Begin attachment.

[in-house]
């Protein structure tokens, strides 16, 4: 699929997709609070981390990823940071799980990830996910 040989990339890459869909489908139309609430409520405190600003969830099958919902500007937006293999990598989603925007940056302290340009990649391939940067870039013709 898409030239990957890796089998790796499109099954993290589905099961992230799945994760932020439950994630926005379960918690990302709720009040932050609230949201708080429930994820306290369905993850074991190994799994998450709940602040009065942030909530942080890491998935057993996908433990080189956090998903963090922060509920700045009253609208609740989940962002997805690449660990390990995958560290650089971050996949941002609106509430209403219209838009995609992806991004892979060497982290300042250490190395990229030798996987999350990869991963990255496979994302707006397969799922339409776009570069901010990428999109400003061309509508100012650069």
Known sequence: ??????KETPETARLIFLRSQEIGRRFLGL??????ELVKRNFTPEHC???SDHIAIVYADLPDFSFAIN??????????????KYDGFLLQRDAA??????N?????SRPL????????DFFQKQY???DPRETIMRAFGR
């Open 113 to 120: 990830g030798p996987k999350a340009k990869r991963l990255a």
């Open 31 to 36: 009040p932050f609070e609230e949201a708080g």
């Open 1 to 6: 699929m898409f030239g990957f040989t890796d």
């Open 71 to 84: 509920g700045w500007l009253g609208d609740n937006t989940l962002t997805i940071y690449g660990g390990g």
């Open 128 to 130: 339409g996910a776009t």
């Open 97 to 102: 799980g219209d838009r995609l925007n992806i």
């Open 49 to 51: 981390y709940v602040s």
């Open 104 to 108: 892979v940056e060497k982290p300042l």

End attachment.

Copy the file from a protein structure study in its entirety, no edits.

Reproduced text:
[in-house]
């Protein structure tokens, strides 16, 4: 699929997709609070981390990823940071799980990830996910 040989990339890459869909489908139309609430409520405190600003969830099958919902500007937006293999990598989603925007940056302290340009990649391939940067870039013709 898409030239990957890796089998790796499109099954993290589905099961992230799945994760932020439950994630926005379960918690990302709720009040932050609230949201708080429930994820306290369905993850074991190994799994998450709940602040009065942030909530942080890491998935057993996908433990080189956090998903963090922060509920700045009253609208609740989940962002997805690449660990390990995958560290650089971050996949941002609106509430209403219209838009995609992806991004892979060497982290300042250490190395990229030798996987999350990869991963990255496979994302707006397969799922339409776009570069901010990428999109400003061309509508100012650069």
Known sequence: ??????KETPETARLIFLRSQEIGRRFLGL??????ELVKRNFTPEHC???SDHIAIVYADLPDFSFAIN??????????????KYDGFLLQRDAA??????N?????SRPL????????DFFQKQY???DPRETIMRAFGR
């Open 113 to 120: 990830g030798p996987k999350a340009k990869r991963l990255a």
């Open 31 to 36: 009040p932050f609070e609230e949201a708080g």
């Open 1 to 6: 699929m898409f030239g990957f040989t890796d």
């Open 71 to 84: 509920g700045w500007l009253g609208d609740n937006t989940l962002t997805i940071y690449g660990g390990g």
């Open 128 to 130: 339409g996910a776009t």
């Open 97 to 102: 799980g219209d838009r995609l925007n992806i």
């Open 49 to 51: 981390y709940v602040s």
């Open 104 to 108: 892979v940056e060497k982290p300042l």